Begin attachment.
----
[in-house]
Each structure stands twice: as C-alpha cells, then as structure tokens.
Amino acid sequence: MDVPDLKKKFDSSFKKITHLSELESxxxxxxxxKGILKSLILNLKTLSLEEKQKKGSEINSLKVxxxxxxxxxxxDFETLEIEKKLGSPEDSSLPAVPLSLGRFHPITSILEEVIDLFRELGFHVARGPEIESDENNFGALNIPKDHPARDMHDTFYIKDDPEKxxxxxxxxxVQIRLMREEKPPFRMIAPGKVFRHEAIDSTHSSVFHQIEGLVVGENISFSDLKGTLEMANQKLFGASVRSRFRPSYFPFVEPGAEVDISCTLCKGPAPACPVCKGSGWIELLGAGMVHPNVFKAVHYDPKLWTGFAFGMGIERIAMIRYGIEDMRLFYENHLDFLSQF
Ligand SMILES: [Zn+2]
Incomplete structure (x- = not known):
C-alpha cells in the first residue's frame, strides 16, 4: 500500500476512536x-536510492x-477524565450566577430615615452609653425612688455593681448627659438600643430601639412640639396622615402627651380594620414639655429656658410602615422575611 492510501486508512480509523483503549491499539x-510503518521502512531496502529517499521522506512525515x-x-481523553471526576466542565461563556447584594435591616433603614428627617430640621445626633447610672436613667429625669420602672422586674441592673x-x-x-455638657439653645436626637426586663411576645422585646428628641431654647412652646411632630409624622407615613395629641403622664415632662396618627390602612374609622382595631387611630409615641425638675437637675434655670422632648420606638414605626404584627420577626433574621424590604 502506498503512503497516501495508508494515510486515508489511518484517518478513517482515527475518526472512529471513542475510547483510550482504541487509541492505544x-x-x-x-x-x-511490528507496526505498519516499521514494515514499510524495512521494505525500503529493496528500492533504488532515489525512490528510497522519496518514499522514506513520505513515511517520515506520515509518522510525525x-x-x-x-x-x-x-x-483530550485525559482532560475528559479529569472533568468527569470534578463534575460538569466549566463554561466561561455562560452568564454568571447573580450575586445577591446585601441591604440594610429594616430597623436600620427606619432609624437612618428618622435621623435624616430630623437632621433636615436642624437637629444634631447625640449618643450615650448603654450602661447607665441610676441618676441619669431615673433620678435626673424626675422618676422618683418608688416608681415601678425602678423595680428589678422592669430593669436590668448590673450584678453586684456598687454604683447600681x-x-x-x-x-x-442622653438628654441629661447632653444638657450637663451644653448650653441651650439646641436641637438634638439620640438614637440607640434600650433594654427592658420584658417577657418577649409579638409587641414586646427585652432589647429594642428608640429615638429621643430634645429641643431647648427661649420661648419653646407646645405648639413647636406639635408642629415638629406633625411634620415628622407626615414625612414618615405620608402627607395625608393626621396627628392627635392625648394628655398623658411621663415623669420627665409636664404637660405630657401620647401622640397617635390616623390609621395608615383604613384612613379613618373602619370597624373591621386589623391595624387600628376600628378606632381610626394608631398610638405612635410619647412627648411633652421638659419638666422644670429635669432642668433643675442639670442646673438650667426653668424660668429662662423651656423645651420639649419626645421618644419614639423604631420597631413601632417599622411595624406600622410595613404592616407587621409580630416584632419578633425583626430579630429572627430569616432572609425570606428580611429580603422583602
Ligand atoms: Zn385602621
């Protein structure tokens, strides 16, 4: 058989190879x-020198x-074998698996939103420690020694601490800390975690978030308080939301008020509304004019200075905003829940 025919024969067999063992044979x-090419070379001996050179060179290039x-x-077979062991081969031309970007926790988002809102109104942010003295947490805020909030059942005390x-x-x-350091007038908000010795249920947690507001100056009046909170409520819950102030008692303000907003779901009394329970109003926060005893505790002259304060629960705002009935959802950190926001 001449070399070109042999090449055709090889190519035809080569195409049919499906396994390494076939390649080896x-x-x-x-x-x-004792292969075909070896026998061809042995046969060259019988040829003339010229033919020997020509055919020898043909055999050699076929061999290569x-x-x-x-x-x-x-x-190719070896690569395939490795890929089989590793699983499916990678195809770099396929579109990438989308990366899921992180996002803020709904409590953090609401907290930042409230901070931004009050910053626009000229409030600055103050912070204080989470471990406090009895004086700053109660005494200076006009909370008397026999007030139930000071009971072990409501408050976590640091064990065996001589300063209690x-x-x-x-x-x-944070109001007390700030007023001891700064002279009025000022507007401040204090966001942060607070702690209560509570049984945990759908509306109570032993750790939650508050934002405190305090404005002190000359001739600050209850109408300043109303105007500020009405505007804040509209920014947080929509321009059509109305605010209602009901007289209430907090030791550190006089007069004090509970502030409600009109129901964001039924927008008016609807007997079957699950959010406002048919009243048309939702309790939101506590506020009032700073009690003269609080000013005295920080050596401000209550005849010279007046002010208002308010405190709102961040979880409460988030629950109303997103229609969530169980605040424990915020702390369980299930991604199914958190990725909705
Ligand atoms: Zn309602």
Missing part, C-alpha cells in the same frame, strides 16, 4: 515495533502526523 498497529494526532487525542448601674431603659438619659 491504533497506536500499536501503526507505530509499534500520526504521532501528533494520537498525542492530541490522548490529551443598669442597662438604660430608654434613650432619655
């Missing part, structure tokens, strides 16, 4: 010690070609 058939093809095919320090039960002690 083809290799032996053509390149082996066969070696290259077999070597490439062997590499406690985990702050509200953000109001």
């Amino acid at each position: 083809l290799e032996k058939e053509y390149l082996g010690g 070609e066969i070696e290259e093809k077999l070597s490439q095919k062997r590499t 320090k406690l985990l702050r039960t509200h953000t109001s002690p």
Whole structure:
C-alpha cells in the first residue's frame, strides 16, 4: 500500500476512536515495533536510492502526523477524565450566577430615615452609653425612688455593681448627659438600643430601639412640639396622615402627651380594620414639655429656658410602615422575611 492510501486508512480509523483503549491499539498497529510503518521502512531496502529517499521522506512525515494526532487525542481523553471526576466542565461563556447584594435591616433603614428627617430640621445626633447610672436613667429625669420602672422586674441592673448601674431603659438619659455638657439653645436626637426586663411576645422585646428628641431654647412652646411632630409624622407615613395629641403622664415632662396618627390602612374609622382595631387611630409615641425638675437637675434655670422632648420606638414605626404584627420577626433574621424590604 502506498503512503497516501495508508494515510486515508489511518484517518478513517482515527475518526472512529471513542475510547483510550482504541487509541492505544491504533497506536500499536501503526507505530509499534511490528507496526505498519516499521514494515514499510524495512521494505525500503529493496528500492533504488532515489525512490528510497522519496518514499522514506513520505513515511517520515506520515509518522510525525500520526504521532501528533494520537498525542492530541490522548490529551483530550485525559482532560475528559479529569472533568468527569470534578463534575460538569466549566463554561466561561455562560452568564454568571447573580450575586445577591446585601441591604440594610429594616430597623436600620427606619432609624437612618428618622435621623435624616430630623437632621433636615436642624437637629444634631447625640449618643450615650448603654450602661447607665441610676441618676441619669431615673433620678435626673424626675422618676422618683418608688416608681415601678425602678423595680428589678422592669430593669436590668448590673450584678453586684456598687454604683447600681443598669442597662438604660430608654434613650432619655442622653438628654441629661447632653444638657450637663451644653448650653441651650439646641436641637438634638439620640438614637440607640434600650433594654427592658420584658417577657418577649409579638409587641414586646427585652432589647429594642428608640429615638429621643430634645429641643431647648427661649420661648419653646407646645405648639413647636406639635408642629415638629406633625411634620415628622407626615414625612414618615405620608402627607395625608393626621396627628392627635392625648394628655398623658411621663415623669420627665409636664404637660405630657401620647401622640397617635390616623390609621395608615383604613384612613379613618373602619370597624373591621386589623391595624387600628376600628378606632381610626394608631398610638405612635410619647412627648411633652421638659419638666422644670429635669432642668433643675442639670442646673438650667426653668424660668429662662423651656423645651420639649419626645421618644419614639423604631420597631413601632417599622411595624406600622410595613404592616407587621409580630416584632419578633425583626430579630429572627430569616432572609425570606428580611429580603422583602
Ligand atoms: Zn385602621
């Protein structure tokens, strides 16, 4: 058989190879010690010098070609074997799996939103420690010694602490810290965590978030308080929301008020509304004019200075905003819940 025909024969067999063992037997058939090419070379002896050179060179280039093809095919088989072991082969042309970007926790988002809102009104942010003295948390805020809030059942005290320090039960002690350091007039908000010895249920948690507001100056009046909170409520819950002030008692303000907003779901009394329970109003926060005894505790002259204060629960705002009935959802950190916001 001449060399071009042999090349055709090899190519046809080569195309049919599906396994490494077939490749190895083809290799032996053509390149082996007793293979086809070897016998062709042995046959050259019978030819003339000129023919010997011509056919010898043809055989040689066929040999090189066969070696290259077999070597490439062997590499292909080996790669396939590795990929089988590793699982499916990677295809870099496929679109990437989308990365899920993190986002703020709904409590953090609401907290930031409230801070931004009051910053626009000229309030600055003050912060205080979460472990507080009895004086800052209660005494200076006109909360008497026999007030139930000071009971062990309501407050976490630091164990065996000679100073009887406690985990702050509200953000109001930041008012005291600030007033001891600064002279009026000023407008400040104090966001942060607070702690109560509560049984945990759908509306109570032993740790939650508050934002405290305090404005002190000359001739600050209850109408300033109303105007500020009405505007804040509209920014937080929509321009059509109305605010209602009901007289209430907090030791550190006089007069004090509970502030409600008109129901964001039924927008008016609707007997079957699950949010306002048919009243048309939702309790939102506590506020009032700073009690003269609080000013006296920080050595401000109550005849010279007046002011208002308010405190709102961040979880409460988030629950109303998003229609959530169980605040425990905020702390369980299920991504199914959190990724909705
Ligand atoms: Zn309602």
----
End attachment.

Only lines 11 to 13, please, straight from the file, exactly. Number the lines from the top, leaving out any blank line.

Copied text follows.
């Missing part, structure tokens, strides 16, 4: 010690070609 058939093809095919320090039960002690 083809290799032996053509390149082996066969070696290259077999070597490439062997590499406690985990702050509200953000109001």
């Amino acid at each position: 083809l290799e032996k058939e053509y390149l082996g010690g 070609e066969i070696e290259e093809k077999l070597s490439q095919k062997r590499t 320090k406690l985990l702050r039960t509200h953000t109001s002690p």
Whole structure: